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A note for our readers: the views reflected by the authors do not reflect the views of ASPA.
*This is part two of a two-part series on the latest Federal Signal Public Safety Survey.*
By Matt Brady
According to the 2013 Public Safety study, emergency managers are leveraging town hall meetings and local community sponsored events (i.e., picnics, seasonal festivals) to spread awareness of existing personal alert and notification systems accessible through cellphone, smartphone and other wireless broadband technologies. In most cases, the thorough deployment of advanced cellphone and text-messaging warning/notification systems requires the public to take minimal steps to register their contact information.
Additionally, nearly seven in 10 emergency managers reported that they support community education via a website or social media page, while 66 percent said they have used direct mail and telemarketing strategies to connect with citizens.
The deployment of new technology continues to energize significant changes in emergency warning and mass notification. This is evident in the widespread use of text messaging for personal alerting. In other cases, the incorporation of technology can be remarkably subtle and yet still very effective. For example, research from the University of Buffalo suggests color-coding text messages to distinguish between slow-moving emergencies, such as a snowstorm, and fast-moving emergencies, such as a campus shooting or tornado.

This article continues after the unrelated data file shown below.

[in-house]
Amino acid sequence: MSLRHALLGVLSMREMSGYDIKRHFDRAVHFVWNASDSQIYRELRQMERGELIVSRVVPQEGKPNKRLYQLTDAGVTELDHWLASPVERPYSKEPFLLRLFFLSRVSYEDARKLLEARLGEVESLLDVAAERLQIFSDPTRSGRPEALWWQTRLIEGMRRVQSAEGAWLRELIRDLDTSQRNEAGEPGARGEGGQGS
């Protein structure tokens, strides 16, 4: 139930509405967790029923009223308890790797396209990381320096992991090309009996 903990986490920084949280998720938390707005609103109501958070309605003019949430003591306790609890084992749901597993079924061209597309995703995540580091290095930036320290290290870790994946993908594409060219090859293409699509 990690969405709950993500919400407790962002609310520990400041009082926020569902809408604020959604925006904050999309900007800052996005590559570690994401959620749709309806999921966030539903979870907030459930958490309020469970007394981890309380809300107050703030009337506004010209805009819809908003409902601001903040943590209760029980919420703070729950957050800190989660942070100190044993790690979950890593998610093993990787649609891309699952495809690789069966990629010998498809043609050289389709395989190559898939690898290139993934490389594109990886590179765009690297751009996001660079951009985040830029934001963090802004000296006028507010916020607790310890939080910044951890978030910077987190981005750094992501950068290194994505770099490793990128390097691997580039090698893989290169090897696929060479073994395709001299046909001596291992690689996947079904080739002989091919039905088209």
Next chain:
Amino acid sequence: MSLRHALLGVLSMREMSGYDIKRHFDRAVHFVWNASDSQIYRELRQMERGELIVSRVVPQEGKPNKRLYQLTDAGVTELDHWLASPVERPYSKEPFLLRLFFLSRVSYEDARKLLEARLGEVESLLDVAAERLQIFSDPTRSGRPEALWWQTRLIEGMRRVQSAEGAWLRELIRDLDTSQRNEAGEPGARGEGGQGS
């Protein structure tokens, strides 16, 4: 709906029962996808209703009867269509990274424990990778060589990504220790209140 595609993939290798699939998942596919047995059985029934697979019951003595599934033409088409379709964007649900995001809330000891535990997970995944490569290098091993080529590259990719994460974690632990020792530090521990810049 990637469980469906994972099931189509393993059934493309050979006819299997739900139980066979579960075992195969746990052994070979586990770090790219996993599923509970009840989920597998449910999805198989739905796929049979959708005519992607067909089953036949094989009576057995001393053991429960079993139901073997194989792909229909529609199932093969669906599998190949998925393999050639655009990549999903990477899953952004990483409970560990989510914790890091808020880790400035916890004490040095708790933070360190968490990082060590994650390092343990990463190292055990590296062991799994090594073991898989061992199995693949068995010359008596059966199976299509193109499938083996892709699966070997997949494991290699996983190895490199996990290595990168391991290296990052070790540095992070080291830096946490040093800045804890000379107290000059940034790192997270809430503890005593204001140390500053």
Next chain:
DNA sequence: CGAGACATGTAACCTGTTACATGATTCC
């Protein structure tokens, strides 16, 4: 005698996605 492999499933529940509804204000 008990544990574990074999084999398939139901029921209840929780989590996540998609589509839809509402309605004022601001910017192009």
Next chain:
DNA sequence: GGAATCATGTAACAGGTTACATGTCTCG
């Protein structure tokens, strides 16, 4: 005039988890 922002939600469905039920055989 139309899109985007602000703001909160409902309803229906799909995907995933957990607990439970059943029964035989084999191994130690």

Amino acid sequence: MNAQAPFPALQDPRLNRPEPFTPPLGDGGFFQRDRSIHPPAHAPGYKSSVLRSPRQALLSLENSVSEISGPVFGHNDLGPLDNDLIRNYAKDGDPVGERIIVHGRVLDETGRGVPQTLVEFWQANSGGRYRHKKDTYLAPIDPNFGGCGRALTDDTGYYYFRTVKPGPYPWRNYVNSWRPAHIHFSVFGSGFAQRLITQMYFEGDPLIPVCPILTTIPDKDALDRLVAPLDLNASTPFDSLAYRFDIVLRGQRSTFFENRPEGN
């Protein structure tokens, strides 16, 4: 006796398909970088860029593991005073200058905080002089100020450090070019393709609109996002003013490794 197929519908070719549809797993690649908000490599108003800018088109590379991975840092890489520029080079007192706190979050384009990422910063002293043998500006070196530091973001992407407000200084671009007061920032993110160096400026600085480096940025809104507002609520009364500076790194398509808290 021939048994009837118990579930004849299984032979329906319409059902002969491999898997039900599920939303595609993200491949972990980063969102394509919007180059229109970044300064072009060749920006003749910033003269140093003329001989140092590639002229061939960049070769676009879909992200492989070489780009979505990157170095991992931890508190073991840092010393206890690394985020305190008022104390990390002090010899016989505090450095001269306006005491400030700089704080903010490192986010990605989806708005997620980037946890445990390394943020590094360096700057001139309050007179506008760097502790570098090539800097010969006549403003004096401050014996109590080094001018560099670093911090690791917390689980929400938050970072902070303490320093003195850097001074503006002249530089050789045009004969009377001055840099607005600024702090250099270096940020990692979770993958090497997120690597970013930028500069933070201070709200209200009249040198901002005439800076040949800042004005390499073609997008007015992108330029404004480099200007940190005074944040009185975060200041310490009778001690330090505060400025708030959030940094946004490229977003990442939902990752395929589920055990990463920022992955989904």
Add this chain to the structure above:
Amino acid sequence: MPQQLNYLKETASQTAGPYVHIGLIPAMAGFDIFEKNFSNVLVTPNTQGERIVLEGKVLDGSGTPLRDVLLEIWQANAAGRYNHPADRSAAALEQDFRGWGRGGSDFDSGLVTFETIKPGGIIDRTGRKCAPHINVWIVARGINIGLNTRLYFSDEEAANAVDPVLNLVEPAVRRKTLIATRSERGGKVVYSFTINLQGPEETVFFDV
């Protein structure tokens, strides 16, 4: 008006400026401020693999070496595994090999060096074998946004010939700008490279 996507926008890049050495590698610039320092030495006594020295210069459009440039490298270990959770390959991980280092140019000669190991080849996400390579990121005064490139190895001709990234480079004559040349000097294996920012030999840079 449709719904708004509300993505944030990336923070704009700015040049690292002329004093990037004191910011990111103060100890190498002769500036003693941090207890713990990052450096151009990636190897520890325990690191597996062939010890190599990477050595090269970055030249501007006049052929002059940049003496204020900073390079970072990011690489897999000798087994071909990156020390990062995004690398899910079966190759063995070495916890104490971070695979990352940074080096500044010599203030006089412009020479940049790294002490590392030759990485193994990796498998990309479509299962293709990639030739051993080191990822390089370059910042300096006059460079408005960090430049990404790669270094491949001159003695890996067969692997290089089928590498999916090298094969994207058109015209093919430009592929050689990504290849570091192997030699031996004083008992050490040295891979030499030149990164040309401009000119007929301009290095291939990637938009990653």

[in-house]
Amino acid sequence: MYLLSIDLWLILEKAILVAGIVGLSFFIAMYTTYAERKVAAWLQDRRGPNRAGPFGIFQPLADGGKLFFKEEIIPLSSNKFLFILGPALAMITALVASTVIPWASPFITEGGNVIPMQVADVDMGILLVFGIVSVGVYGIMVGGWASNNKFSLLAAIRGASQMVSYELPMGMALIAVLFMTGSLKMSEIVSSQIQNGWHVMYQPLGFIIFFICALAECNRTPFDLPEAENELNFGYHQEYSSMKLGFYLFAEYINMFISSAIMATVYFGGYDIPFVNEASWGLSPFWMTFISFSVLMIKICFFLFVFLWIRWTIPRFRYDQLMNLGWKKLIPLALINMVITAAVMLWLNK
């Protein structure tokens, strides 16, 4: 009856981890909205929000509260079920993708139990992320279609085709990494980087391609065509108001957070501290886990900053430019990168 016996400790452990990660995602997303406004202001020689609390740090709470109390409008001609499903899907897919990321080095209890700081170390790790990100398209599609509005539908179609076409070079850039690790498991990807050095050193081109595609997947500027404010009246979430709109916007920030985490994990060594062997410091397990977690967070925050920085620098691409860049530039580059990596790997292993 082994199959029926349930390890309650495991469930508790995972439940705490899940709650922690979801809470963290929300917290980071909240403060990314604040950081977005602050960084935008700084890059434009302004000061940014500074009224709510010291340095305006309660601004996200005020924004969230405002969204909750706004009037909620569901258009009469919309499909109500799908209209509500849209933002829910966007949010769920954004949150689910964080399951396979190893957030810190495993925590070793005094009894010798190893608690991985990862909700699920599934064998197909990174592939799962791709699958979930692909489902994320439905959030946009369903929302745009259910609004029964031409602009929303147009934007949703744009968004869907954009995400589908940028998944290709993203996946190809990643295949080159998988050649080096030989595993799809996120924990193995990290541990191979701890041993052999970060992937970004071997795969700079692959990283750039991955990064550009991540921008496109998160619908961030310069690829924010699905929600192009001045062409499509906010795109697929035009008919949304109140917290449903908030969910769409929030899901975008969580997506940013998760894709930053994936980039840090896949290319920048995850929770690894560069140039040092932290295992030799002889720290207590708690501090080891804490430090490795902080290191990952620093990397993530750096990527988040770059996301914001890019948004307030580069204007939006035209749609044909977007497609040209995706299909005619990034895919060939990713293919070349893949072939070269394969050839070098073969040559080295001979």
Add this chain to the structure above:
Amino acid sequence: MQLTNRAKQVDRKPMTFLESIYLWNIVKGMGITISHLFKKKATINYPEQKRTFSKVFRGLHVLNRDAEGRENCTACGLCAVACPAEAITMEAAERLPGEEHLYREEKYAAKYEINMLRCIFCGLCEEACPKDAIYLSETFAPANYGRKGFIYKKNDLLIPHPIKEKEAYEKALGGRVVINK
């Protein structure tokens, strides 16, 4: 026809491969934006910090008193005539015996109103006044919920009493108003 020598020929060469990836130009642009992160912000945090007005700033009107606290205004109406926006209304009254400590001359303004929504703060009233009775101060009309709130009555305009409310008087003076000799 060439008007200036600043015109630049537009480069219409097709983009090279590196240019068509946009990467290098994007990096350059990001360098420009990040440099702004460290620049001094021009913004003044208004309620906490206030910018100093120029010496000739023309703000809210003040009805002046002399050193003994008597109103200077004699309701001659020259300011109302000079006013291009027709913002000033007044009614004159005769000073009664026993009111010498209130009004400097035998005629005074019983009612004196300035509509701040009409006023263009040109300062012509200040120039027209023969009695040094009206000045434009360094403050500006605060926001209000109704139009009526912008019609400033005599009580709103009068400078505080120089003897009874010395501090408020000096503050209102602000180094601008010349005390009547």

Despite the transition to weather warnings that emphasize storm tracks as opposed to geographic boundaries, residents in locations relatively unaffected by the actual storm are oftentimes still included within the warning boundaries. This was exactly what happened across remote areas of Jasper County that were unaffected by the May tornado that swept through the metro-Joplin area in 2011. The need for narrower, more tightly targeted geographic alerts is also a significant contention cited by Professor Hugh Gladwin, a researcher based at Florida International University.